Alvinne’s Fellowship of Exceptional Ales

Last month I got one of the best Christmas presents ever: I went for a weekend trip to Belgium to visit the Alvinne brewery and watch them brew. It was a special invitation for members of the Alvinne Fellowship. What an experience to see them doing their thing up close! I took some great shots of the brew day, so I thought I would share them with you, including the story of the Fellowship, their excellent beers and why this brewery has become one of my favorites in a relatively short time.

That special connection

I think I became a fan shortly after my first or second Alvinne beer at Borefts beer festival. If you like sour or wild ales and have an adventurous spirit, Alvinne’s innovative beers will most likely appeal to you, too. It wasn’t only their quality sours however that got my attention. What drew me in was their passion for beer and sharing their story, and the easy way they connect with the beer community and beer fans. To me drinking beer is a very personal experience and the stories and the people behind it make a big difference in how I taste and appreciate it. If I have a more personal connection with a brewery, then I am even happier drinking their beer. Alvinne is one of the few Belgian breweries I know who has this effect. If you have ever met Glenn Castelein, then you know what I’m talking about.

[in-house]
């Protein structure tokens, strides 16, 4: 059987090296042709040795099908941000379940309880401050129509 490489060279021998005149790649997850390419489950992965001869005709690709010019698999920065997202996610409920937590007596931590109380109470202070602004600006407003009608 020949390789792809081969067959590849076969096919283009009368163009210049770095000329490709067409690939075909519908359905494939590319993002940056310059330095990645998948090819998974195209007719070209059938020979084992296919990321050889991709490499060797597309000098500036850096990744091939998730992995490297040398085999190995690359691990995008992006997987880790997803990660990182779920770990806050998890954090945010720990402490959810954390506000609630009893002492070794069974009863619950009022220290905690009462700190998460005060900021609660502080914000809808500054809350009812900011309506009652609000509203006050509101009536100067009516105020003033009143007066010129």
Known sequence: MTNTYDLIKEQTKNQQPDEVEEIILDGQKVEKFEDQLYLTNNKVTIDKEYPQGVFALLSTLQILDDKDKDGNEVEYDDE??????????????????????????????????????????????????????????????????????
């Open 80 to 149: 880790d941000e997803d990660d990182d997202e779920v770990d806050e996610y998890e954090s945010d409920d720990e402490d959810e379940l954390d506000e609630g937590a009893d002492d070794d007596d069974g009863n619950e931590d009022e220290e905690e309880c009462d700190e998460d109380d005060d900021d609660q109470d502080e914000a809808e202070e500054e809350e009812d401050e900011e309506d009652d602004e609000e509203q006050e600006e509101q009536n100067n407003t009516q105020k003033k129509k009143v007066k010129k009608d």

Another reason they are so inspiring to me is what they put in their beers, and I’m not only referring to blood, sweat and tears. They have their own Morpheus yeast strain – a mixture of two Saccharanomyces yeasts and lactobacillus bacteria – that was harvested from the wild many years ago by their very own yeast whisperer Marc. They also specialize in barrel aging, which is a very important part of creating the complex flavors in their beersThe fruit they use is usually foraged or self-grown and only real fruit goes into their beers, so it’s all natural. To me that is craft at its finest.

Alvinne Brewery barrels
Fellowship beer #1 A Long-Expected Party
Alvinne's barrel room

The Fellowship Brew Day